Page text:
Child abuse happens across all races, cultures, classes and age groups. But should be willing to confront the fact that young victims may also be dismissed more easily because of their class or background when they ask for help.

This is why Ed Miliband was right to call for a public inquiry into the Savile allegations, to provide answers for the victims and lessons for society.

The police have called Operation Yewtree a “watershed moment for child abuse investigations and… a landmark investigation”. It would be a fitting tribute to the brave young people, who have come forward over many decades to confront their abusers, if the attention prompted by the Savile case ensured that, in future, we listen.

This article was originally published in Tribune Magazine.

November 2, 2012 By : Category : News 0 Comment

Lisa Kicks It Out With Latics

Captain of the Latics Development Squad Tim Chow and Wigan MP Lisa Nandy presented trophies and medals to the winners of the Latics Kick It Out Cup 2012 before Saturday’s home win against West Ham

Over 100 young people from across Wigan took part in the football tournament organised by Wigan Athletic Community Trust as part of the Club’s support for the Kick It Out campaign’s One Game One Community week of action.

Everyone who took part in the competition at the Soccerdome was also given the chance to watch the 2-1 victory over West Ham at the DW Stadium.

The young people who were involved in the tournament were all participants in weekly community cohesion sessions organised by Latics in the Community and in the Midnight League competition which is organised by Wigan Leisure and Culture Trust.

Lisa Nandy MP said: “I’m a big fan of the work that Wigan Athletic does in the community and it was great to see so many young people from different parts of Wigan playing football against each other.”

In support of football’s Kick It Out initiative the club has launched ‘Together’ its own campaign to support equality, inclusivity and respect.

The Club is currently working towards the Kick It Out Equality Standard Preliminary Level. The Equality Standard is a framework which encourages and supports the development of equality practises and professional clubs, across England and Wales and highlights key areas of diversity, race, religion, age, gender disability and sexual orientation.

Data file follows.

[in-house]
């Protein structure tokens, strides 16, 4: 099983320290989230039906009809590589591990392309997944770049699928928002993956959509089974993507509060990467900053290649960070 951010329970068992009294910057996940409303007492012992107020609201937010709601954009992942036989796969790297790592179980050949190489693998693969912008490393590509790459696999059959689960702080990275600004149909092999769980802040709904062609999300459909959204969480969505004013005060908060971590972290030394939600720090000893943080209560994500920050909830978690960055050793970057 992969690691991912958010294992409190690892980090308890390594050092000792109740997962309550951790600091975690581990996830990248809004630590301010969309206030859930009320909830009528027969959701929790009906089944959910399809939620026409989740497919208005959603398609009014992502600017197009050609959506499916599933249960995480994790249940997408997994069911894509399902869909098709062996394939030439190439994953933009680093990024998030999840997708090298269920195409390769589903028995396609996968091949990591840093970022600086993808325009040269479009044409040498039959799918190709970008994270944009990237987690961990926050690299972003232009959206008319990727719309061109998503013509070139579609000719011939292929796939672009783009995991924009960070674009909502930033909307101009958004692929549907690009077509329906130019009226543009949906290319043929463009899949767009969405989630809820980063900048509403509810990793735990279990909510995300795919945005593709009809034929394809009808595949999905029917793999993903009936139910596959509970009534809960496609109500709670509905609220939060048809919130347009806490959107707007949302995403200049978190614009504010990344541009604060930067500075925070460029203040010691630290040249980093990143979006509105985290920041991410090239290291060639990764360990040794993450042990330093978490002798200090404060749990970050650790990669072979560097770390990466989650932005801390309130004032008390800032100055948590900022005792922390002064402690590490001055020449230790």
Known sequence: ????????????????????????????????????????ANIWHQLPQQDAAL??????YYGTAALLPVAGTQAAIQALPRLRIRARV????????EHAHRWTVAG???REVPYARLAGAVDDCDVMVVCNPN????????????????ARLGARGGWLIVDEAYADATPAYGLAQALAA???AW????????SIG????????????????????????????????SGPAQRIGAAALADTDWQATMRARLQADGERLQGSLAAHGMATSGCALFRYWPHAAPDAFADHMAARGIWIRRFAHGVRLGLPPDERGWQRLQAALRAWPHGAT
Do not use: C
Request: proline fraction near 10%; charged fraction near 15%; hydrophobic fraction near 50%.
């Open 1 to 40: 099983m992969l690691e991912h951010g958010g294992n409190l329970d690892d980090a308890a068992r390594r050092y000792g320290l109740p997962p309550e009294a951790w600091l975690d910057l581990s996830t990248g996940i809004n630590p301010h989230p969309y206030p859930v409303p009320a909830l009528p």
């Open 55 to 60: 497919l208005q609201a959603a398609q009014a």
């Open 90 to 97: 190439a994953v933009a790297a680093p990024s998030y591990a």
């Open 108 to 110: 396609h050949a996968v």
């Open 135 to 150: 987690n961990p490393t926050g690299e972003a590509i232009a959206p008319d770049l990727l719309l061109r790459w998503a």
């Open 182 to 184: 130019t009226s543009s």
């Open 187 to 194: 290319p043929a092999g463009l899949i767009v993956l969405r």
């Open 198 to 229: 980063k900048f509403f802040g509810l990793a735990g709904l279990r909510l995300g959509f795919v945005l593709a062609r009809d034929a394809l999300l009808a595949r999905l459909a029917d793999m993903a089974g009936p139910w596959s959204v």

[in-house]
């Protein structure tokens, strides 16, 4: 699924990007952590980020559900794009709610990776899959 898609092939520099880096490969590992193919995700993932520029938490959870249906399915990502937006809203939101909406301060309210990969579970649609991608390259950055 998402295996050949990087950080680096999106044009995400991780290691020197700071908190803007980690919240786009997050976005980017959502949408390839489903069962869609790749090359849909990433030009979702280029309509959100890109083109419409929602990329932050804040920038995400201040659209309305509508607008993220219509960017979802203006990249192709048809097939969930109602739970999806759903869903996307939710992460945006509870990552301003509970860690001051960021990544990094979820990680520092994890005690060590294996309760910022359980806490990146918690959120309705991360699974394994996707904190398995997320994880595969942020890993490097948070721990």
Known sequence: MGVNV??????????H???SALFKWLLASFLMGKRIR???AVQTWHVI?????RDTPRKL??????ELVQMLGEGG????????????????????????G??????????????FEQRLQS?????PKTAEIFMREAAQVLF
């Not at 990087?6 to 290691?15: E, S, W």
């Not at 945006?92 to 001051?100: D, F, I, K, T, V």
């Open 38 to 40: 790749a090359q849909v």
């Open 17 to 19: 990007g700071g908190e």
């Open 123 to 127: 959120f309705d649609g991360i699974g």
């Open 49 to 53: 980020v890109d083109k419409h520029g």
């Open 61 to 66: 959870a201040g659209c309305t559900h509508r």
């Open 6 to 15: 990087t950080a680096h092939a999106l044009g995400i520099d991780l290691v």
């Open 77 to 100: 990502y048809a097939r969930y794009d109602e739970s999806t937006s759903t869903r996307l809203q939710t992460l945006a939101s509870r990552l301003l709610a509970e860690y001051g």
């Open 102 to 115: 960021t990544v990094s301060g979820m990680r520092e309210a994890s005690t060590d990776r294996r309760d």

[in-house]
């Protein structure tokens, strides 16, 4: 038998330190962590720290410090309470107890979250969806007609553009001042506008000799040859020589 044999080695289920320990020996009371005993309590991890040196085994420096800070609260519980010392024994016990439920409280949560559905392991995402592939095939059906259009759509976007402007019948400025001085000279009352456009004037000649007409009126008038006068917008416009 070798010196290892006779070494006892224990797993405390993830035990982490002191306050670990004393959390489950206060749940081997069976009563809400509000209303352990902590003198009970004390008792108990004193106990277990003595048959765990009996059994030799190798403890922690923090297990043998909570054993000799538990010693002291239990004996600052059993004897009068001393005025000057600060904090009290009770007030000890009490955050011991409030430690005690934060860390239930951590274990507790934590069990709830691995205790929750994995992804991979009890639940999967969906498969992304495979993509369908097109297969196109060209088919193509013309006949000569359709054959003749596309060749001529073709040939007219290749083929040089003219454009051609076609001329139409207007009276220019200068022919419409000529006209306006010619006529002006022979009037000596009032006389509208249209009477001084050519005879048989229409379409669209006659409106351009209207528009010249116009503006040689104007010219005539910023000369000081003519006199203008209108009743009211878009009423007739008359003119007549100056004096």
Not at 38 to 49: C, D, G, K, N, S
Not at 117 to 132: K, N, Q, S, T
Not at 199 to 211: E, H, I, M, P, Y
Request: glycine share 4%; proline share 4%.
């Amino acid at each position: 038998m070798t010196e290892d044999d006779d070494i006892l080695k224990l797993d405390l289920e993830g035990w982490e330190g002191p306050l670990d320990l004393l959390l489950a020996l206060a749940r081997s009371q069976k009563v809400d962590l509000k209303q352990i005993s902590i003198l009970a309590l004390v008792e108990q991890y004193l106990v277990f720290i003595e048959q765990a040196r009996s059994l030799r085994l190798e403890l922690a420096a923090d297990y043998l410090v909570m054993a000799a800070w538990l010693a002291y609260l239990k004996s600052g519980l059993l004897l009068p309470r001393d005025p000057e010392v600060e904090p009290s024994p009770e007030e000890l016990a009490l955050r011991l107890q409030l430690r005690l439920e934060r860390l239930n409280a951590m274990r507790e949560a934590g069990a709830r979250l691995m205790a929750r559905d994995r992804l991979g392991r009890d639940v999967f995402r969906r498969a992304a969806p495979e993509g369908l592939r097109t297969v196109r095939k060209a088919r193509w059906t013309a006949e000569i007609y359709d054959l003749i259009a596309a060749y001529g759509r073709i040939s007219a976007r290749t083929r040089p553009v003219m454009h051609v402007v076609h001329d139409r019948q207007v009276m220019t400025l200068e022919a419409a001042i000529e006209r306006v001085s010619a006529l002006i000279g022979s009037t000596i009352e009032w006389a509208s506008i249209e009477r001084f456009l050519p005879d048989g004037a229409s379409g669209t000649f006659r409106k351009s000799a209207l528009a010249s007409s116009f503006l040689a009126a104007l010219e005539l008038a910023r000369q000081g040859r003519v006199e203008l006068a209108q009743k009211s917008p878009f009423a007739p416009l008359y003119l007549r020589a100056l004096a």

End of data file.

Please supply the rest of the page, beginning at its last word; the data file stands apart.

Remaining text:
The Standard looks at how the club recruits employees and young players fairly, as well as the delivery of activities and projects to under-represented groups in the community.

For more information on Kick It Out please visit www.kickitout.org.

November 1, 2012 By : Category : News 0 Comment

Wigan MP Backs Charity Call

Local MP Lisa Nandy celebrates local charity trustees.

In the run-up to this year’s National Trustees’ Week Wigan MP Lisa Nandy is thanking local charity trustees for their dedicated work in running local charities, and highlighting the benefits of becoming a charity trustee.

Charities in Wigan cover a wide range of activities and services but all depend on the trustees that oversee their work, most of whom are volunteers. Trustees’ Week also raises awareness of how people can become trustees themselves, gaining valuable experience and skills.

Lisa said: “Local charities in Wigan do really important work in our society, but they need trustees in order to function. As we approach national Trustees’ Week I want to pay tribute to their tireless work to make our local community an even better place.

“I strongly encourage people to consider becoming a trustee. I know from doing it myself that being a charity trustee is a great way of learning new skills, meeting new people and gaining valuable experience. It can also lead to new opportunities and employment. Lots of charities are in need of trustees, so I encourage anyone to get involved in this great form of volunteering.”